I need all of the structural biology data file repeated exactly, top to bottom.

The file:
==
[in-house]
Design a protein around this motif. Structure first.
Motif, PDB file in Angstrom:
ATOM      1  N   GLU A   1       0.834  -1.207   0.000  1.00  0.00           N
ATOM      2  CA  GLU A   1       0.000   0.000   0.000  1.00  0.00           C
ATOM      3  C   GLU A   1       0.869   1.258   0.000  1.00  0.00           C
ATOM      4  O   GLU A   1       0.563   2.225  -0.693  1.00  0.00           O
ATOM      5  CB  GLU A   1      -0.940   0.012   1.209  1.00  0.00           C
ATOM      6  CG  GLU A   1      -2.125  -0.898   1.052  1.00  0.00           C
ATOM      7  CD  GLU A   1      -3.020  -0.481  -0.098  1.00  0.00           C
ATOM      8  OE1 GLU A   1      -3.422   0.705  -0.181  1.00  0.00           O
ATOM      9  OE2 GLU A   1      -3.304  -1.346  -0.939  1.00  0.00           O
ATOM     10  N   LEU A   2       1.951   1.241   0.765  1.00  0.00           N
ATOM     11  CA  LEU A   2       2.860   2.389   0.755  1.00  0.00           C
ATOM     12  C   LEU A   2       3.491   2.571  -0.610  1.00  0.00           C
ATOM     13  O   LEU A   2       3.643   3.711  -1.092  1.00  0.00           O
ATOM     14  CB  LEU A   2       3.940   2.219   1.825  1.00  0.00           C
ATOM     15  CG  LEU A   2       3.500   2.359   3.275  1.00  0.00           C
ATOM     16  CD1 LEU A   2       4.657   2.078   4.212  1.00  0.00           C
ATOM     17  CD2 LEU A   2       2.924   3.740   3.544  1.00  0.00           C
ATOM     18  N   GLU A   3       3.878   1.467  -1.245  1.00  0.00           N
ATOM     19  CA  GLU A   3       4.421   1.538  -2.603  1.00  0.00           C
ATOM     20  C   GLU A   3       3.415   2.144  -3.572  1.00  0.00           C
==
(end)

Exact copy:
[in-house]
Design a protein around this motif. Structure first.
Motif, PDB file in Angstrom:
ATOM      1  N   GLU A   1       0.834  -1.207   0.000  1.00  0.00           N
ATOM      2  CA  GLU A   1       0.000   0.000   0.000  1.00  0.00           C
ATOM      3  C   GLU A   1       0.869   1.258   0.000  1.00  0.00           C
ATOM      4  O   GLU A   1       0.563   2.225  -0.693  1.00  0.00           O
ATOM      5  CB  GLU A   1      -0.940   0.012   1.209  1.00  0.00           C
ATOM      6  CG  GLU A   1      -2.125  -0.898   1.052  1.00  0.00           C
ATOM      7  CD  GLU A   1      -3.020  -0.481  -0.098  1.00  0.00           C
ATOM      8  OE1 GLU A   1      -3.422   0.705  -0.181  1.00  0.00           O
ATOM      9  OE2 GLU A   1      -3.304  -1.346  -0.939  1.00  0.00           O
ATOM     10  N   LEU A   2       1.951   1.241   0.765  1.00  0.00           N
ATOM     11  CA  LEU A   2       2.860   2.389   0.755  1.00  0.00           C
ATOM     12  C   LEU A   2       3.491   2.571  -0.610  1.00  0.00           C
ATOM     13  O   LEU A   2       3.643   3.711  -1.092  1.00  0.00           O
ATOM     14  CB  LEU A   2       3.940   2.219   1.825  1.00  0.00           C
ATOM     15  CG  LEU A   2       3.500   2.359   3.275  1.00  0.00           C
ATOM     16  CD1 LEU A   2       4.657   2.078   4.212  1.00  0.00           C
ATOM     17  CD2 LEU A   2       2.924   3.740   3.544  1.00  0.00           C
ATOM     18  N   GLU A   3       3.878   1.467  -1.245  1.00  0.00           N
ATOM     19  CA  GLU A   3       4.421   1.538  -2.603  1.00  0.00           C
ATOM     20  C   GLU A   3       3.415   2.144  -3.572  1.00  0.00           C